ITEM 8: “One scholar [invited to see the Salvator Mundi] said that the consortium had turned down an offer of $100m for the painting. ‘I was told they’re asking $200m for it’” – Milton Esterow, “UPDATED: A Long Lost LeonardoARTnews, August 2011

“It’s a historic moment: we’ll wait”, said Christie’s Global President and auctioneer, Jussi Pylkkänen, when bidding dried on the New York Salvator Mundi at the 15 November 2017 sale of modern art. It was certainly unprecedented. In the excitement no one noticed (or divulged) that what smashed records and had sleeper-hunting dealers swooning over prospective $1billion privately-owned Leonardo studio works was not the last Leonardo in private hands, let alone Leonardo’s male “Mona Lisa”, as Christie’s claimed, but, rather, a switch in which a twice-restored and substantially repainted work (Fig. 1, below left), which no expert between 1900 and 2007 had ever thought a Leonardo, was re-presented in a further cosmetically-restored and modernised form – “Every generation finds its own Leonardo”, it has been remarked. (See Fig. 1, below right). To put it another way, what fetched nearly half a billion dollars was the third state of an intermittent twelve-year long twenty-first century restoration-in-progress during which the restorer had first re-restored her own restoration after looking at the Virgin of the Rocks in the National Gallery, and then re-restored it again at some undisclosed point or points between February 2012 and November 2017.


01 New Fig. 1 double zoll

Above, Fig. 1: The attributed New York Leonardo Salvator Mundi as exhibited at the National Gallery in 2011-12, left; and, right, as sold by Christie’s New York on 15 November 2017. The picture above right is not the same as that above left. (To see how the two halves of the face are now disconnected, see Fig.17 below.) So when; on whose authorisation; and, on what rationale was the one eclipsed by the other? The Salvator Mundi returned to New York in 2012 from the National Gallery and was sold the following year for $80m to a Russian collector’s agent. Had it been re-restored before that 2013 sale? Or while in Russia? Or when at Christie’s prior to its 15 November 2017 sale?

The first two restoration campaigns between 2005 and 2010 were said to have recovered a Leonardo but we do not know who first thought or said this. We do know that before 2007 none of the parties involved in the upgrading attribution thought the picture a Leonardo – not the then owners (a consortium with two identified members); not the restorer, Dianne Dwyer Modestini; not the restorer’s husband, [the now late] Mario Modestini. Mario, a man with an experienced Leonardo eye who had been commended by Berenson to clean the Kress pictures, who had attributed the Ginevra de Benci to Leonardo, who had reputedly brought a restoration-wrecked Rubens back from the dead, and who had wept for half an hour after seeing the National Gallery’s restoration-ruined pictures, thought the painting by a great artist a generation after Leonardo. In 2012 Frank Zöllner, the author of Leonardo’s catalogue raisonné (who had not been consulted on the new work’s authorship) saw the restored picture’s sfumato as being closer to a talented Leonardo pupil of the 1520s than to Leonardo himself. Zöllner further felt that the very extensive restoration of this “badly damaged painting” had made any assessment of the original condition extremely difficult.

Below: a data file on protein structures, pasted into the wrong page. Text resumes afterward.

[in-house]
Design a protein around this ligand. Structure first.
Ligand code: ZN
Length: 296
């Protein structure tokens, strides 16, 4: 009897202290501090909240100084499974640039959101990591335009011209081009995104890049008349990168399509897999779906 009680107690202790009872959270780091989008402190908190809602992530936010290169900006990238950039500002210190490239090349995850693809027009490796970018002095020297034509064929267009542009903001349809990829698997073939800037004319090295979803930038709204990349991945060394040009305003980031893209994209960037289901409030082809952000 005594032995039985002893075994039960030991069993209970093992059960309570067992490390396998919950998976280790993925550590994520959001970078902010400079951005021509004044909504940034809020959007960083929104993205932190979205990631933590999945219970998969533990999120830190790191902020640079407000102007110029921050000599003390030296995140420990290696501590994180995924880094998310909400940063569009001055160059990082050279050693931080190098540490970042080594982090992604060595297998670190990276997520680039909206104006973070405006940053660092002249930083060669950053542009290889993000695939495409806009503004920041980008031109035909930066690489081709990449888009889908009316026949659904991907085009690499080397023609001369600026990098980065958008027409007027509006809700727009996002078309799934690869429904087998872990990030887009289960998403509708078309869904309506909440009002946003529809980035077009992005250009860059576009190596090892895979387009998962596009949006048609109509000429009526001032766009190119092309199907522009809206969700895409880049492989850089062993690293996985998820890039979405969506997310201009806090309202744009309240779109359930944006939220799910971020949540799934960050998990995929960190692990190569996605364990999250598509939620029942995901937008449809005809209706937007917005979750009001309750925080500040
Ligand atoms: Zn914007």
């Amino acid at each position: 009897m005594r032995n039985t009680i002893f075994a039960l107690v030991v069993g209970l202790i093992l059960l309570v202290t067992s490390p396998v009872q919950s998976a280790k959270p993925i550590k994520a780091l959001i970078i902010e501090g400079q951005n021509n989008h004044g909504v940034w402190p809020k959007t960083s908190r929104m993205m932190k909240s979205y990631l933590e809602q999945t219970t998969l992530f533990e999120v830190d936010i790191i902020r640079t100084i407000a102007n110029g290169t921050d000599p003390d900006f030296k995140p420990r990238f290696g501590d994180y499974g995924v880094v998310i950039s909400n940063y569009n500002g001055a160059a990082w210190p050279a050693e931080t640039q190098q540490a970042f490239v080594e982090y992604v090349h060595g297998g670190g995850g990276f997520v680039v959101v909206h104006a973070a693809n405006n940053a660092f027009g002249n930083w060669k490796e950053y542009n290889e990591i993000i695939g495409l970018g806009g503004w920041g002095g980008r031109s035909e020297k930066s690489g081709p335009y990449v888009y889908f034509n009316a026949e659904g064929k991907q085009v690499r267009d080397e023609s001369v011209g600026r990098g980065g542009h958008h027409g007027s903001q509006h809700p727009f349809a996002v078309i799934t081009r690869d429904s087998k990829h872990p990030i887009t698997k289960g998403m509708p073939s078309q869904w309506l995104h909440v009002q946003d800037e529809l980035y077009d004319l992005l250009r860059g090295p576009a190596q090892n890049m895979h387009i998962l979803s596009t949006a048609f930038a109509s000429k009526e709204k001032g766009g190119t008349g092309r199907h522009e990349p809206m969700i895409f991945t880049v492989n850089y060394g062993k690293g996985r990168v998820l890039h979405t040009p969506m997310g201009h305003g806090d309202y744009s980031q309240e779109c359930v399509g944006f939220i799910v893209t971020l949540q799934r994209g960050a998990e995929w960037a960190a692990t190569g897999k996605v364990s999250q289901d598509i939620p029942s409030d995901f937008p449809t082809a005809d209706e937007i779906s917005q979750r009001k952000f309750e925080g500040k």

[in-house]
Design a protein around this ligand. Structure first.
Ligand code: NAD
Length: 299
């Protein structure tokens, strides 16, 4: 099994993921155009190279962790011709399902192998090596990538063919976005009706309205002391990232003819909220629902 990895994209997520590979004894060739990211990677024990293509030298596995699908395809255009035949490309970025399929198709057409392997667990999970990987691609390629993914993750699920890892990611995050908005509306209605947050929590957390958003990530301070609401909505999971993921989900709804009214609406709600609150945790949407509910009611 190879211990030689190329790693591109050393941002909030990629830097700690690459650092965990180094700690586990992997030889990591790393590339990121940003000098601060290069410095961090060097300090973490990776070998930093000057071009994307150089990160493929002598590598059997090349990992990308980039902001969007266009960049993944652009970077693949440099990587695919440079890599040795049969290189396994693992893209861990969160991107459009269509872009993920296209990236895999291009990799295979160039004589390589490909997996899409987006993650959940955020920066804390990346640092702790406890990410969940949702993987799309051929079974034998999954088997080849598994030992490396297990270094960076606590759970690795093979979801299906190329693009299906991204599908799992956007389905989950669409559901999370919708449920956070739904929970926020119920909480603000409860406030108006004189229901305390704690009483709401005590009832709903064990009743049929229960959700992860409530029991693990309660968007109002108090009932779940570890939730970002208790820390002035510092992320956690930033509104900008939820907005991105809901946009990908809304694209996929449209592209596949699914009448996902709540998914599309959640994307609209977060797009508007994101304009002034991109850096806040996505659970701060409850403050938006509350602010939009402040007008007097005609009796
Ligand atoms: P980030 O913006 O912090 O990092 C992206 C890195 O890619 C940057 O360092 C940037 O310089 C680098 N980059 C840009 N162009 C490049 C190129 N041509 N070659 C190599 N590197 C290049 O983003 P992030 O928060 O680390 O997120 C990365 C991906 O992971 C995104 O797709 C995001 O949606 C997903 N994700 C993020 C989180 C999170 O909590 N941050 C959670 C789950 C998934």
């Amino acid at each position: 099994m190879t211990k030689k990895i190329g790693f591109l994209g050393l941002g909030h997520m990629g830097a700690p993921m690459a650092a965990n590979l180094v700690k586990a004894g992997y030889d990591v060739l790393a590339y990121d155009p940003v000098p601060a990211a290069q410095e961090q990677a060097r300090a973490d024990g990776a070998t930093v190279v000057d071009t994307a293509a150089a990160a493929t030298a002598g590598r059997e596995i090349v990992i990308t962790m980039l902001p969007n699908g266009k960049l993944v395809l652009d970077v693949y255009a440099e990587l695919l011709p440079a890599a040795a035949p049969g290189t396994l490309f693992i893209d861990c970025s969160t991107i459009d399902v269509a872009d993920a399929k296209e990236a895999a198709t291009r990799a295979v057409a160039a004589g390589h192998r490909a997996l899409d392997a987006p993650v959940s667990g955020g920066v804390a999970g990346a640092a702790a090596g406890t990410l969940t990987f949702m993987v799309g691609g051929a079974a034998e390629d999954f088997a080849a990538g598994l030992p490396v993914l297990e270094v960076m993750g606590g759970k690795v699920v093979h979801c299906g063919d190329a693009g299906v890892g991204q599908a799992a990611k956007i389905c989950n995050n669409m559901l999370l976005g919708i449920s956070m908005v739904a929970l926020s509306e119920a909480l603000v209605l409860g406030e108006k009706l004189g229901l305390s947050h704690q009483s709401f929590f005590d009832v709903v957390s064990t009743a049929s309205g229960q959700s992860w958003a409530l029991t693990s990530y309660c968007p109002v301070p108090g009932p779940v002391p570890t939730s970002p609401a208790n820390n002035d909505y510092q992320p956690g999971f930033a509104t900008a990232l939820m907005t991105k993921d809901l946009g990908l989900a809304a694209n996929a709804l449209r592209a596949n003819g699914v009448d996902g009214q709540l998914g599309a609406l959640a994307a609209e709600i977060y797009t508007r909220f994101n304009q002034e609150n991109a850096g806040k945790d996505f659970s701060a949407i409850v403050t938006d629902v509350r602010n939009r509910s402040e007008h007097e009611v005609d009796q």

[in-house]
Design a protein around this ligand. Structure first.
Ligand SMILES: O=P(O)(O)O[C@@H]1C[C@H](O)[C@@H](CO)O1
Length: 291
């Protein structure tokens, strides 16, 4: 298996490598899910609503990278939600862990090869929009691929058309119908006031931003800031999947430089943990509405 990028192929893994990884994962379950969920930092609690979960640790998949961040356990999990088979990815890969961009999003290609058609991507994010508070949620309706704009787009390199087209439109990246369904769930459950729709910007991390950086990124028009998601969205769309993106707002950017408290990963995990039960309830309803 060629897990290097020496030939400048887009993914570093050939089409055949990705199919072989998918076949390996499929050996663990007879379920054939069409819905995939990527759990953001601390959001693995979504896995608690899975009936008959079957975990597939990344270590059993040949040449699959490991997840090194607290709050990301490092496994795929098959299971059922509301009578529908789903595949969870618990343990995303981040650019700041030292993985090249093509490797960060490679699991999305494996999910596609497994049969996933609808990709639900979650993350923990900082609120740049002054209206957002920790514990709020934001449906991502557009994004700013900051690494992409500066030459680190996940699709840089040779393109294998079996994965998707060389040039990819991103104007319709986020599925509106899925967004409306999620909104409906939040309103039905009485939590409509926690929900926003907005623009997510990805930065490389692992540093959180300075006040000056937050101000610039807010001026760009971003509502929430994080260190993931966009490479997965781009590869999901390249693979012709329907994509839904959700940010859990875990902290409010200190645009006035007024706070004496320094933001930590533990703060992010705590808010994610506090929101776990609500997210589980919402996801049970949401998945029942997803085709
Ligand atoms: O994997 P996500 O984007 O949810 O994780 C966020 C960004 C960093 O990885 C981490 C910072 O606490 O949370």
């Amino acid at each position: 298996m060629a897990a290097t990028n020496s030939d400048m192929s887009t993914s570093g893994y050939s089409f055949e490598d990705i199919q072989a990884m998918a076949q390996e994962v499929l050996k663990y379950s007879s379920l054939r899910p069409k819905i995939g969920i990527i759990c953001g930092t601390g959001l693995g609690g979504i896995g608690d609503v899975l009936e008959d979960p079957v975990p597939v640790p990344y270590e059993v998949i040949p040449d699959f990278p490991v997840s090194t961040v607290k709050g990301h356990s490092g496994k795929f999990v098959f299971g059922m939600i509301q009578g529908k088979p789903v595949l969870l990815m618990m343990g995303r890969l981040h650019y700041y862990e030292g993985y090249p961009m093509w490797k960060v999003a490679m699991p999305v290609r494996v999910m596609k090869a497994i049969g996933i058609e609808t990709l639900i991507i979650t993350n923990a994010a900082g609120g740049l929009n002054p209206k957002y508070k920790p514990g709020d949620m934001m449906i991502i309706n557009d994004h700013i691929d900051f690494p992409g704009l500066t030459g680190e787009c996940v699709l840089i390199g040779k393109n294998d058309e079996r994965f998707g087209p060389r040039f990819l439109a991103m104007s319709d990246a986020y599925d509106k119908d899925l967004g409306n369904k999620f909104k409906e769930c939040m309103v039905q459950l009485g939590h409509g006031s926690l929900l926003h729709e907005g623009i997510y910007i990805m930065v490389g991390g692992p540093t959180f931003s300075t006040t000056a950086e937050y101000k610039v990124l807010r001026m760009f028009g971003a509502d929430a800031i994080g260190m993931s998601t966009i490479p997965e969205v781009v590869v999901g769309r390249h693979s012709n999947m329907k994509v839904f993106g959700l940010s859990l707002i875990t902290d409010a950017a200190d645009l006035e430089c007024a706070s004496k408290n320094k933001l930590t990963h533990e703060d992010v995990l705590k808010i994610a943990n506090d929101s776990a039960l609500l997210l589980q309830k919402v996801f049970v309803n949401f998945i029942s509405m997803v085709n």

Christie’s spoke of an unusually broad consensus of expert support but the group consulted was small – approximately fifteen compared with the thirty invited to appraise the version of the Madonna of the Pinks that was upgraded to Raphael after a National Gallery symposium and a major scholarly article in the Burlington Magazine (February 1992). With this Salvator Mundi upgrade, none of the invited experts has published a case for the attribution but the ascription was endorsed by the National Gallery and the picture was included in its major 2011-12 “Leonardo da Vinci: Painter at the Court of Milan” exhibition as “a work in which Leonardo set out to make his divine inspiration obvious to all”.

What had the undisclosed subsequent third restoration hoped to achieve – a better-than divinely inspired Leonardo? If an institutionally-celebrated Leonardo can be improved by a restorer, is the restorer a better artist than Leonardo – or a medium through whom he still paints? A question that might be considered is: Was the latest re-restoration undertaken to bolster an attribution rejected by four scholars in 2012 when reviewing the National Gallery exhibition, and challenged the year before – without apparent reply – in three Times letters (see Fig. 16 and ITEMS 5 and 7 above).

02 Fig. 10 garethHead 05 - to common areas after distortion

Above, Fig. 2: Detail – left, the New York Leonardo Salvator Mundi, as at the National Gallery in 2011-12 and, right, as when up for sale at Christie’s New York on 15 November 2017.

Christie’s 2017 lot essay noted a “completion of conservation treatment in 2010” and gave no hint of a post-2012 restoration. Even though the painting had been known since 1900 in England as a Leonardo school work, had been rejected by Bernard Berenson, and had been spurned in Sotheby’s saleroom by Kenneth Clark in 1958 when it fetched £45, the National Gallery gave no hint of any further need for restoration when discussing the painting in its catalogue entry in 2011. Shortly before November 2017 the latest unacknowledged transformation was hiding in plain view in a subliminally brief time-lapse video puff where the painting morphs “miraculously” to a religiose musical accompaniment from its 1913 condition into its most recently restored state. This marketing wizardry can still be seen on the Guardian’s website here.